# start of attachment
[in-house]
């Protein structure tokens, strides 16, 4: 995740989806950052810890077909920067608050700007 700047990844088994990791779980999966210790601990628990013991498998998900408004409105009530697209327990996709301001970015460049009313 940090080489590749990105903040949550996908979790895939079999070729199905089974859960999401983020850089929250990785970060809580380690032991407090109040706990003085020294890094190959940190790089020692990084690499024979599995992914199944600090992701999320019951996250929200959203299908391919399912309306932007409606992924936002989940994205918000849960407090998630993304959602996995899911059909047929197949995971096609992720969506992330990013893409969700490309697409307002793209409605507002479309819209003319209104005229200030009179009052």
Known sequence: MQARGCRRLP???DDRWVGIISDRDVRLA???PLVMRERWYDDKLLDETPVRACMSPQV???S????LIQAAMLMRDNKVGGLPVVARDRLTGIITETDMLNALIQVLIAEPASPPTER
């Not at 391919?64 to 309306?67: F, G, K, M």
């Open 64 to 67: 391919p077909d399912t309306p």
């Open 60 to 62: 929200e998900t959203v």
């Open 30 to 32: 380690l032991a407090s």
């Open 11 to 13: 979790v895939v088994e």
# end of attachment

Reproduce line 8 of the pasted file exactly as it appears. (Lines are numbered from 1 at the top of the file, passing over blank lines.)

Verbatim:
């Open 11 to 13: 979790v895939v088994e």